Why Eating When You're Depressed Makes You Eat More

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In Austin Powers, Fat Bastard explains that he eats when he's depressed, and he's depressed because he eats. Turns out, these kinds of vicious circles of eating are due to a drug-like hit-and-comedown response in your brain, activated specifically by rich foods.

A team of researchers, from the University of Montreal Hospital, has been studying brain activity during bouts of repeatedly eating fattening foods. Stephanie Fulton, one of the researchers, explained to EurekAlert:

"In addition to causing obesity, rich foods can actually cause chemical reactions in the brain in a similar way to illicit drugs, ultimately leading to depression as the 'come-downs' take their toll. We are demonstrating for the first time that the chronic consumption of palatable, high-fat diets has pro-depressive effects."


To get to the bottom of things, the team conducted some experiments on mice, and monitored how different diets affected the way the animals behaved. They used existing techniques to evaluate the relationships between food and resulting behavior, and later analyzed their brains to identify real, physical changes.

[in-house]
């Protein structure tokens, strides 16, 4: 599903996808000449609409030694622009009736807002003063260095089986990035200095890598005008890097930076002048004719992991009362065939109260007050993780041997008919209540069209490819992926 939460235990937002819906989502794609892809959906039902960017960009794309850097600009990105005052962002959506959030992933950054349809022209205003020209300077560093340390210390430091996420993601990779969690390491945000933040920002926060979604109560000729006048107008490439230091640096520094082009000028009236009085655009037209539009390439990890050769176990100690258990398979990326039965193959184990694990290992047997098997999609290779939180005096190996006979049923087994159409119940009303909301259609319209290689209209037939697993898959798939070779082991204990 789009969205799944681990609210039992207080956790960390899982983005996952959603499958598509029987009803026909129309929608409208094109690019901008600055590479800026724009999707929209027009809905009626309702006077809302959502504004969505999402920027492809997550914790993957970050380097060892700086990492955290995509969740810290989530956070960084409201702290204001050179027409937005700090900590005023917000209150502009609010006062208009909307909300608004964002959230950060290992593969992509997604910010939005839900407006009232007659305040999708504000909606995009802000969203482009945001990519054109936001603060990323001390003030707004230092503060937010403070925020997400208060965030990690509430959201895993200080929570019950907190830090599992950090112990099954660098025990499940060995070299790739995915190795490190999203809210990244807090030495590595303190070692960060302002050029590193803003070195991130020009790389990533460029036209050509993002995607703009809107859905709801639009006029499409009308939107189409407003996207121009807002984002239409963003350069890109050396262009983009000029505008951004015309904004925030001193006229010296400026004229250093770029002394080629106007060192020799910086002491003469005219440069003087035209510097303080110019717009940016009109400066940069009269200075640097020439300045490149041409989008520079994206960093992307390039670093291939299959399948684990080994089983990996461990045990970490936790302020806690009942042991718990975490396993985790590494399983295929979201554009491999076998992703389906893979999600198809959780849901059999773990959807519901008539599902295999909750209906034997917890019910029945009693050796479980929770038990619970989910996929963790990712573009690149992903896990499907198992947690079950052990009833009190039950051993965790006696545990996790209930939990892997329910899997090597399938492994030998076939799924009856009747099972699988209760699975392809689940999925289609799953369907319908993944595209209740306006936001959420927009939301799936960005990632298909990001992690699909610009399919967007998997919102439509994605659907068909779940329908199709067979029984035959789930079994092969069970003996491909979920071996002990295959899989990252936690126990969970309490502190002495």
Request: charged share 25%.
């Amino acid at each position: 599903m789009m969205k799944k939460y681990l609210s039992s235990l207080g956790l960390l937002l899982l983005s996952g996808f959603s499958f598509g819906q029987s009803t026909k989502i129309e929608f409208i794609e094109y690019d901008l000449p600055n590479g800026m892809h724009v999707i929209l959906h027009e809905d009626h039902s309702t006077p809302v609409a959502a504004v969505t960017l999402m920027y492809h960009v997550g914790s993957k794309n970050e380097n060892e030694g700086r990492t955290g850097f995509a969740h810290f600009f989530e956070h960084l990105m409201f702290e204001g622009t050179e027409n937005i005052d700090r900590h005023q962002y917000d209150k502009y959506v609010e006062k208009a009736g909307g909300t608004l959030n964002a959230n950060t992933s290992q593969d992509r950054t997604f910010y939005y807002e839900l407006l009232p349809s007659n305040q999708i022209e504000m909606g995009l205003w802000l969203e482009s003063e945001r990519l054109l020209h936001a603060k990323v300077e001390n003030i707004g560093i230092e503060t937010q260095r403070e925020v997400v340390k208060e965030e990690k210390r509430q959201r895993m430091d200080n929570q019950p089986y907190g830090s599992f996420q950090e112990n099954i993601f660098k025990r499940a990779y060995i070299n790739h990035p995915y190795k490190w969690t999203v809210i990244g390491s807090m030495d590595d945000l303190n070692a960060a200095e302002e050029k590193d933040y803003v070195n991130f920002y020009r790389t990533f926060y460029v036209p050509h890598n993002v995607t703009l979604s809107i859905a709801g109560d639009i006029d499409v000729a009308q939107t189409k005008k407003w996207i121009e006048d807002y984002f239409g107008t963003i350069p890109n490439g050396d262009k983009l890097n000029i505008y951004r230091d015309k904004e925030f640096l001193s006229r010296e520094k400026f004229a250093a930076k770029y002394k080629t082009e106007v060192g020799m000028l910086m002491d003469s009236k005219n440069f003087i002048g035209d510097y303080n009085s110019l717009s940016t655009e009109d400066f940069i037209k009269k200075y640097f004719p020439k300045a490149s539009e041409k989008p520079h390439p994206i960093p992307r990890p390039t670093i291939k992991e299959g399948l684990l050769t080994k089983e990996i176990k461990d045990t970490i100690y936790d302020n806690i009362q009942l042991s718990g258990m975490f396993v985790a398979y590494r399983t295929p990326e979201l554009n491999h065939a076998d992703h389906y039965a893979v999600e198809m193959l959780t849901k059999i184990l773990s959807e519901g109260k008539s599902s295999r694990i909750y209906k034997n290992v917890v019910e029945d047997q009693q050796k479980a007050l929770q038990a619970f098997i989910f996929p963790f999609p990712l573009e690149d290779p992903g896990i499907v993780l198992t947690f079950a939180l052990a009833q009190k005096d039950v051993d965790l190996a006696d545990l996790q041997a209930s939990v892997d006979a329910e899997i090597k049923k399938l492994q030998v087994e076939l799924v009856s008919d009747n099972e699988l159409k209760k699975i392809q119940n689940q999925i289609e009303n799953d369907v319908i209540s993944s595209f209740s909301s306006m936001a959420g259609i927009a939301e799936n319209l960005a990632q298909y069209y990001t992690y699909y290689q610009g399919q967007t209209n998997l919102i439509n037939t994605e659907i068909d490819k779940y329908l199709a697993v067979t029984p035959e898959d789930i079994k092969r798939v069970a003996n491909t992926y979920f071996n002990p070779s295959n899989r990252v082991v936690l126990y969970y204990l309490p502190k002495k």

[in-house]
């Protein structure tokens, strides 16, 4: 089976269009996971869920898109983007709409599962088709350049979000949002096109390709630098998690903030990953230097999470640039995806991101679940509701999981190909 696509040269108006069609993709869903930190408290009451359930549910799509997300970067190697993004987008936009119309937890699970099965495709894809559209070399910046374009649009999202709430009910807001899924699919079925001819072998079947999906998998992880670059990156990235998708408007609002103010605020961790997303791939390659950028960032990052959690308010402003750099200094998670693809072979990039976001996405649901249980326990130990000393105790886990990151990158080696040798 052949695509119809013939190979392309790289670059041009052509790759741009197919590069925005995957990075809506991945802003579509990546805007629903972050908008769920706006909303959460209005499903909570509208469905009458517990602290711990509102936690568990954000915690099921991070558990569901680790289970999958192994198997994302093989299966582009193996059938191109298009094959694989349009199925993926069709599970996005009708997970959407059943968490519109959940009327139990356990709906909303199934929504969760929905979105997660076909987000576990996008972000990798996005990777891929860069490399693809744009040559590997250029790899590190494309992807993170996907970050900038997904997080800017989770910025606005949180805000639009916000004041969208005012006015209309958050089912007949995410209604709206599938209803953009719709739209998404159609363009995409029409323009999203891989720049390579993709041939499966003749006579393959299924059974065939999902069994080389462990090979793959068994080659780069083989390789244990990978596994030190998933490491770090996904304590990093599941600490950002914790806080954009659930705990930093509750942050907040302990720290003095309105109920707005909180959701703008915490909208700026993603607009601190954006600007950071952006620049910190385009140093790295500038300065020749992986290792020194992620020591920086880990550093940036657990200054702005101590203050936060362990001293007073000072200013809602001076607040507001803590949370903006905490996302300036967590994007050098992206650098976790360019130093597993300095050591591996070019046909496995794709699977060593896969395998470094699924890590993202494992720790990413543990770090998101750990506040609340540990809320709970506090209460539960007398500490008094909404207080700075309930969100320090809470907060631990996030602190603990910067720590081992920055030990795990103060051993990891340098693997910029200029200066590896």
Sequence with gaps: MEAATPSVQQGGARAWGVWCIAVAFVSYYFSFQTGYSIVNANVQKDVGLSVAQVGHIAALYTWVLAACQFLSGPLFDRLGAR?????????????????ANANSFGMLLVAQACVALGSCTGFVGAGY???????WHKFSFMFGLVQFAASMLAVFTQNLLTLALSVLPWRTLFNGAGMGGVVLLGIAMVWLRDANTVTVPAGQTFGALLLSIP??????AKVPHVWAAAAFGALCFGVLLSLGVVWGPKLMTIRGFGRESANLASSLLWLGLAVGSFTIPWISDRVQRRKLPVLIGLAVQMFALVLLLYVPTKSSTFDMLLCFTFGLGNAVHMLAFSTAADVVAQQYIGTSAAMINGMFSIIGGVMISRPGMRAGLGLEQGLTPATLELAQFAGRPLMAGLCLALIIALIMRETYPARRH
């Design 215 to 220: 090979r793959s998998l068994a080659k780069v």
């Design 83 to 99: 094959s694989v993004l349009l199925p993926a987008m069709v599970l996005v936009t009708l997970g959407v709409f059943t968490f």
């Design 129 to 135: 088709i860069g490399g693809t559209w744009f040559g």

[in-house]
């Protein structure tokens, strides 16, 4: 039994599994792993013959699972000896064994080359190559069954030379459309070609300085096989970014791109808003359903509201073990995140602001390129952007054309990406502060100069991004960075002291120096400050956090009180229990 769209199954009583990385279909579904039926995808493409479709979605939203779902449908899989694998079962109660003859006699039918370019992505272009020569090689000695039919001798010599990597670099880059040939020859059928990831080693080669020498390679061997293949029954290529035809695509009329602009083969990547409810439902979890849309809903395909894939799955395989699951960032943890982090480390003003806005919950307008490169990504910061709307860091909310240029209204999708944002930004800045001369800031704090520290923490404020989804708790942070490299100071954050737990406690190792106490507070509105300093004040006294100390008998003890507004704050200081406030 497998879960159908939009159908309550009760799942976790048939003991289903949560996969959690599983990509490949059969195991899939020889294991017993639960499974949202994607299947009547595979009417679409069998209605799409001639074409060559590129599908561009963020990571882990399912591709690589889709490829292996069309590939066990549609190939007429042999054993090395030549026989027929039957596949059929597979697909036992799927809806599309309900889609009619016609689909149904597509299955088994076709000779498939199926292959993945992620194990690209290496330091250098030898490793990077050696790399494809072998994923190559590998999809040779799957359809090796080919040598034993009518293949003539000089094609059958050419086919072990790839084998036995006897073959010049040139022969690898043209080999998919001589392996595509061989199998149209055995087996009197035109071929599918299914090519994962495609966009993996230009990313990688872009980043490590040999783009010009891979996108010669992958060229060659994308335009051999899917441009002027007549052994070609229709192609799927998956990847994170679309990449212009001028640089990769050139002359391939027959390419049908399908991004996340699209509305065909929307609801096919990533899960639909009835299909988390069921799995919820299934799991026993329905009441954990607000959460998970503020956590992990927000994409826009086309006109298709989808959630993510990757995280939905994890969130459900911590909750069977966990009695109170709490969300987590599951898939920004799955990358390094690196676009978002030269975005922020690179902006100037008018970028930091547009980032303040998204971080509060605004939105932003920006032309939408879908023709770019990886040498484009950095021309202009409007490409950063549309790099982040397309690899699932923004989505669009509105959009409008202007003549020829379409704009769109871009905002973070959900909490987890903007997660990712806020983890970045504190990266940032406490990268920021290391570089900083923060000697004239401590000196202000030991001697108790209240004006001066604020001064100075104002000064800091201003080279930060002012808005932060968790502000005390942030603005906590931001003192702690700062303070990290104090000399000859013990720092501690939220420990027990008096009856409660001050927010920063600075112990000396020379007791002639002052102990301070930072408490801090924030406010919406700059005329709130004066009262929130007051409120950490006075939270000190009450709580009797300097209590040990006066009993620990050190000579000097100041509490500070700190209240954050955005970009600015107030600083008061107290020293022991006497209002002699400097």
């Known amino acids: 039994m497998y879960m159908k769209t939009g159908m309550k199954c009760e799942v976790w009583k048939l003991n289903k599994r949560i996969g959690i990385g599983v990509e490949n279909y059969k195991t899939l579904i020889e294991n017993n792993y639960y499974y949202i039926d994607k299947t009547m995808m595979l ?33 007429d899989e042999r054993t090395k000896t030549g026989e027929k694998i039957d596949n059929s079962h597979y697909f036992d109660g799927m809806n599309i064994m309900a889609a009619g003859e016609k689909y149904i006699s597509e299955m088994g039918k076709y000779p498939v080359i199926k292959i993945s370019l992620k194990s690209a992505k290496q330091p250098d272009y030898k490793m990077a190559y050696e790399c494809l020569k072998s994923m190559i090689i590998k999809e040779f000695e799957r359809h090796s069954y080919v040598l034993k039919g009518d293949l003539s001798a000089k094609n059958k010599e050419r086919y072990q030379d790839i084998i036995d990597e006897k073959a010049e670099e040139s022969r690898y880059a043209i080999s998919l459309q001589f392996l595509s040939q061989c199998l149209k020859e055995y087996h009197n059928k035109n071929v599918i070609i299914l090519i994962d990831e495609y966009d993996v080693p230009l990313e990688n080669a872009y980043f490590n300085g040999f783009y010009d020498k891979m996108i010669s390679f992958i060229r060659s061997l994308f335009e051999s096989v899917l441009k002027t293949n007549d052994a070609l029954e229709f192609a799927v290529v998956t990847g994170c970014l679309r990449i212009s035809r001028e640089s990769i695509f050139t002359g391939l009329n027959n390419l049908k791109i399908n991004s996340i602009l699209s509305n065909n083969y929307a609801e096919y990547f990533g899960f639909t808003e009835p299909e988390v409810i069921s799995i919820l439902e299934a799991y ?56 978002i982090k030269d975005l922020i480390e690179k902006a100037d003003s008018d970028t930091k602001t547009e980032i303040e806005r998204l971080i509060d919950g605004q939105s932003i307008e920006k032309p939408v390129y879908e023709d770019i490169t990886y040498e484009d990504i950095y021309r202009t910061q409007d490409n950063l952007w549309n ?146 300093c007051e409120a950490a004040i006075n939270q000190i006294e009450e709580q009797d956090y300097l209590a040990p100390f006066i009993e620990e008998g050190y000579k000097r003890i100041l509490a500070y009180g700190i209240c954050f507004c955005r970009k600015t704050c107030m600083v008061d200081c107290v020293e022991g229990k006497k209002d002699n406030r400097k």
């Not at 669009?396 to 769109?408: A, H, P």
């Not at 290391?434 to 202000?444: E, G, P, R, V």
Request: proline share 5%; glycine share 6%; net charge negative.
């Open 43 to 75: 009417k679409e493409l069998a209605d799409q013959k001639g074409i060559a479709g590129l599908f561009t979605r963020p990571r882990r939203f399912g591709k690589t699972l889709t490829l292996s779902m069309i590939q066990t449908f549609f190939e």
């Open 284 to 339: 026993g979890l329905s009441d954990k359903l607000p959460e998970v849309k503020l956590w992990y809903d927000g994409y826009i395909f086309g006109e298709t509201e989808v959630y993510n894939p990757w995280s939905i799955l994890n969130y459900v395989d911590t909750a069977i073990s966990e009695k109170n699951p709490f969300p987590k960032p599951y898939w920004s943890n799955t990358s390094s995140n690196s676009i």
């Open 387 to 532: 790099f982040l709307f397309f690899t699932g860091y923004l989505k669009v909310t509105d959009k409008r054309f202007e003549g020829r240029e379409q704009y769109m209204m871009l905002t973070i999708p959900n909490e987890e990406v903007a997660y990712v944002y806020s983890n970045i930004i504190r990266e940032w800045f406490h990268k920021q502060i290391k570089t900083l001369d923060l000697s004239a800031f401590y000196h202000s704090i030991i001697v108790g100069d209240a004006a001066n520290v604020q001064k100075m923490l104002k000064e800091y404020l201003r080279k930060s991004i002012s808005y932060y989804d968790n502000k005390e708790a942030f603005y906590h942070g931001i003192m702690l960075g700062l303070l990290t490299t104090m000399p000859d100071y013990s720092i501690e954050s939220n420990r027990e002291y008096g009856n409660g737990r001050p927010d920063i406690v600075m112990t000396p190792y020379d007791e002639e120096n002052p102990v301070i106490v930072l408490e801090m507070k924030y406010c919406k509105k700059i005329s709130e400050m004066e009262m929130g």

What they found, which is published in the Journal of Obesity, is interesting. After deprivation from their respective food stuffs, mice fed higher-fat diets got more anxious and—in so much as a mouse can be—depressed. They were withdrawn, shied away from open spaces, and made little effort to escape when trapped.


What's more, their brains were physically altered by the experience. They produced more CREB—a molecule that affects memory formation—and exhibited higher levels of corticosterone, a hormone that is associated with stress.

Since mice and humans share the same dopamine-based reward system, this finding suggests that binging on rich, high-calorie foods causes real, measurable changes in behavior which only become apparent once food is withdrawn. The obvious—and disastrous—solution, of course, is to carry on eating.


That donut really could be the start of a very vicious circle. [Journal of Obesity via EurekAlert]

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